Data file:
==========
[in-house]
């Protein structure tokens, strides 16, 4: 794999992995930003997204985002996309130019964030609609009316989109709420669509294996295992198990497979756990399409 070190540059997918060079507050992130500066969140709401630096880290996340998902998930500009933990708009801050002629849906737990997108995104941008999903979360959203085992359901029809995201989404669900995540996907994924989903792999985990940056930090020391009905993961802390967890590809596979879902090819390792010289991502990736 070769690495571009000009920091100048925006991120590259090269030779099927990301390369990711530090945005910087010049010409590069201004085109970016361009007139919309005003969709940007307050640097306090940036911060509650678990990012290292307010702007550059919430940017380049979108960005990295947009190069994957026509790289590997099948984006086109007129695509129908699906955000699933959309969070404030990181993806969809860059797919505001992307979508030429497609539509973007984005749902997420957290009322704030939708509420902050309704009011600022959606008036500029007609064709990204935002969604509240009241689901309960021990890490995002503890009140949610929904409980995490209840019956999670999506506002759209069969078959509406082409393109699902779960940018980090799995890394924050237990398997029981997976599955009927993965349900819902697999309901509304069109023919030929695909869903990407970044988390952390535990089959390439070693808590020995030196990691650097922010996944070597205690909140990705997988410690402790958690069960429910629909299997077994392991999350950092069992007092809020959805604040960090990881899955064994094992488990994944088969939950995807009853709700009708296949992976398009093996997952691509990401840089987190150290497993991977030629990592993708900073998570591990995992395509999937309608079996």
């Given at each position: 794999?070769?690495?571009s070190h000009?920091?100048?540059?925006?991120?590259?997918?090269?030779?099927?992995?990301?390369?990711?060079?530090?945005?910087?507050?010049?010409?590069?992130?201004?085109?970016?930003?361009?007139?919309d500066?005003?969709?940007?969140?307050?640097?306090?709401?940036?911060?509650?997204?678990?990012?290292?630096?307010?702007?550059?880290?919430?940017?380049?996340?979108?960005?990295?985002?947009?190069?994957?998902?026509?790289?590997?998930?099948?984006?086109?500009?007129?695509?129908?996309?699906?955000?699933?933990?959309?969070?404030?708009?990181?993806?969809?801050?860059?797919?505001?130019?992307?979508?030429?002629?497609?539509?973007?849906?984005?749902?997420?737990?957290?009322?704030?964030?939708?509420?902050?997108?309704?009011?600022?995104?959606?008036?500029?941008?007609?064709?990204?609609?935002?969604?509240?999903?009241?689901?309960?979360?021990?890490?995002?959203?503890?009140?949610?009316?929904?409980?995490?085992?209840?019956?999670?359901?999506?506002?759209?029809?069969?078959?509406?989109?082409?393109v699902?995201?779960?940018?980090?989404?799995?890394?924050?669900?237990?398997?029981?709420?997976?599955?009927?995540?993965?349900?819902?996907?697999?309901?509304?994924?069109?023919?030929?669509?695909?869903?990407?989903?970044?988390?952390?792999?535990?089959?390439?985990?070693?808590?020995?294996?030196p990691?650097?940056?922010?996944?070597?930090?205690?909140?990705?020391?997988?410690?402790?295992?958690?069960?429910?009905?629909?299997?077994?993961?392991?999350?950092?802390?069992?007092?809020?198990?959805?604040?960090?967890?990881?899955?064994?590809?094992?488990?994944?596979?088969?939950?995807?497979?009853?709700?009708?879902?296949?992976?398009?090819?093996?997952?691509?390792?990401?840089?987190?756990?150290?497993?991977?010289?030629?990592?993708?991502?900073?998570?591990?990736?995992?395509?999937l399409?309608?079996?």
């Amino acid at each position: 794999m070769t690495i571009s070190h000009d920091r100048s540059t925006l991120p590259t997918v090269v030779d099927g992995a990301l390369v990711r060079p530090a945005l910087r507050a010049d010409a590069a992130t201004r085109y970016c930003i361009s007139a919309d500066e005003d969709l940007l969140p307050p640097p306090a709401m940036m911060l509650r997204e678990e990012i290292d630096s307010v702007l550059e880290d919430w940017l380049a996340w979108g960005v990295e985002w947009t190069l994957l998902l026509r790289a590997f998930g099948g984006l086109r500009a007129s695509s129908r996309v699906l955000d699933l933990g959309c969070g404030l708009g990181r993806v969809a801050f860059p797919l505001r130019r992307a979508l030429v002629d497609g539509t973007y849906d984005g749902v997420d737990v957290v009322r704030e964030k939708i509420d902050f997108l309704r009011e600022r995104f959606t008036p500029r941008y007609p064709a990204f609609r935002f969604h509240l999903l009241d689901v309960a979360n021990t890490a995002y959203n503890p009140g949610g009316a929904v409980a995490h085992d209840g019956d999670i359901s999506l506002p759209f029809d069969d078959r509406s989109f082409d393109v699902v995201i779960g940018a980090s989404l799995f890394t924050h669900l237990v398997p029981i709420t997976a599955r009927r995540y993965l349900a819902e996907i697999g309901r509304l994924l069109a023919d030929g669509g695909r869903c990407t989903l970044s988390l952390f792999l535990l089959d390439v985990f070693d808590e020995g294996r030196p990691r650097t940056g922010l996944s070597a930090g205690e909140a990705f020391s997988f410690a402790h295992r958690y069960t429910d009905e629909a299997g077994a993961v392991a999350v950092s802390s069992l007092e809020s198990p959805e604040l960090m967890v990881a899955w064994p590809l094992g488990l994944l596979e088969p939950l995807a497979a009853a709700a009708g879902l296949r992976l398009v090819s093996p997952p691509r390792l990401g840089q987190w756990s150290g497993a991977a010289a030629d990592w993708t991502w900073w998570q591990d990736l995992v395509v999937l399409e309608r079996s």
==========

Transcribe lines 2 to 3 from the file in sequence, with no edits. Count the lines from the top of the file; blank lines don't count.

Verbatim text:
């Protein structure tokens, strides 16, 4: 794999992995930003997204985002996309130019964030609609009316989109709420669509294996295992198990497979756990399409 070190540059997918060079507050992130500066969140709401630096880290996340998902998930500009933990708009801050002629849906737990997108995104941008999903979360959203085992359901029809995201989404669900995540996907994924989903792999985990940056930090020391009905993961802390967890590809596979879902090819390792010289991502990736 070769690495571009000009920091100048925006991120590259090269030779099927990301390369990711530090945005910087010049010409590069201004085109970016361009007139919309005003969709940007307050640097306090940036911060509650678990990012290292307010702007550059919430940017380049979108960005990295947009190069994957026509790289590997099948984006086109007129695509129908699906955000699933959309969070404030990181993806969809860059797919505001992307979508030429497609539509973007984005749902997420957290009322704030939708509420902050309704009011600022959606008036500029007609064709990204935002969604509240009241689901309960021990890490995002503890009140949610929904409980995490209840019956999670999506506002759209069969078959509406082409393109699902779960940018980090799995890394924050237990398997029981997976599955009927993965349900819902697999309901509304069109023919030929695909869903990407970044988390952390535990089959390439070693808590020995030196990691650097922010996944070597205690909140990705997988410690402790958690069960429910629909299997077994392991999350950092069992007092809020959805604040960090990881899955064994094992488990994944088969939950995807009853709700009708296949992976398009093996997952691509990401840089987190150290497993991977030629990592993708900073998570591990995992395509999937309608079996």
């Given at each position: 794999?070769?690495?571009s070190h000009?920091?100048?540059?925006?991120?590259?997918?090269?030779?099927?992995?990301?390369?990711?060079?530090?945005?910087?507050?010049?010409?590069?992130?201004?085109?970016?930003?361009?007139?919309d500066?005003?969709?940007?969140?307050?640097?306090?709401?940036?911060?509650?997204?678990?990012?290292?630096?307010?702007?550059?880290?919430?940017?380049?996340?979108?960005?990295?985002?947009?190069?994957?998902?026509?790289?590997?998930?099948?984006?086109?500009?007129?695509?129908?996309?699906?955000?699933?933990?959309?969070?404030?708009?990181?993806?969809?801050?860059?797919?505001?130019?992307?979508?030429?002629?497609?539509?973007?849906?984005?749902?997420?737990?957290?009322?704030?964030?939708?509420?902050?997108?309704?009011?600022?995104?959606?008036?500029?941008?007609?064709?990204?609609?935002?969604?509240?999903?009241?689901?309960?979360?021990?890490?995002?959203?503890?009140?949610?009316?929904?409980?995490?085992?209840?019956?999670?359901?999506?506002?759209?029809?069969?078959?509406?989109?082409?393109v699902?995201?779960?940018?980090?989404?799995?890394?924050?669900?237990?398997?029981?709420?997976?599955?009927?995540?993965?349900?819902?996907?697999?309901?509304?994924?069109?023919?030929?669509?695909?869903?990407?989903?970044?988390?952390?792999?535990?089959?390439?985990?070693?808590?020995?294996?030196p990691?650097?940056?922010?996944?070597?930090?205690?909140?990705?020391?997988?410690?402790?295992?958690?069960?429910?009905?629909?299997?077994?993961?392991?999350?950092?802390?069992?007092?809020?198990?959805?604040?960090?967890?990881?899955?064994?590809?094992?488990?994944?596979?088969?939950?995807?497979?009853?709700?009708?879902?296949?992976?398009?090819?093996?997952?691509?390792?990401?840089?987190?756990?150290?497993?991977?010289?030629?990592?993708?991502?900073?998570?591990?990736?995992?395509?999937l399409?309608?079996?």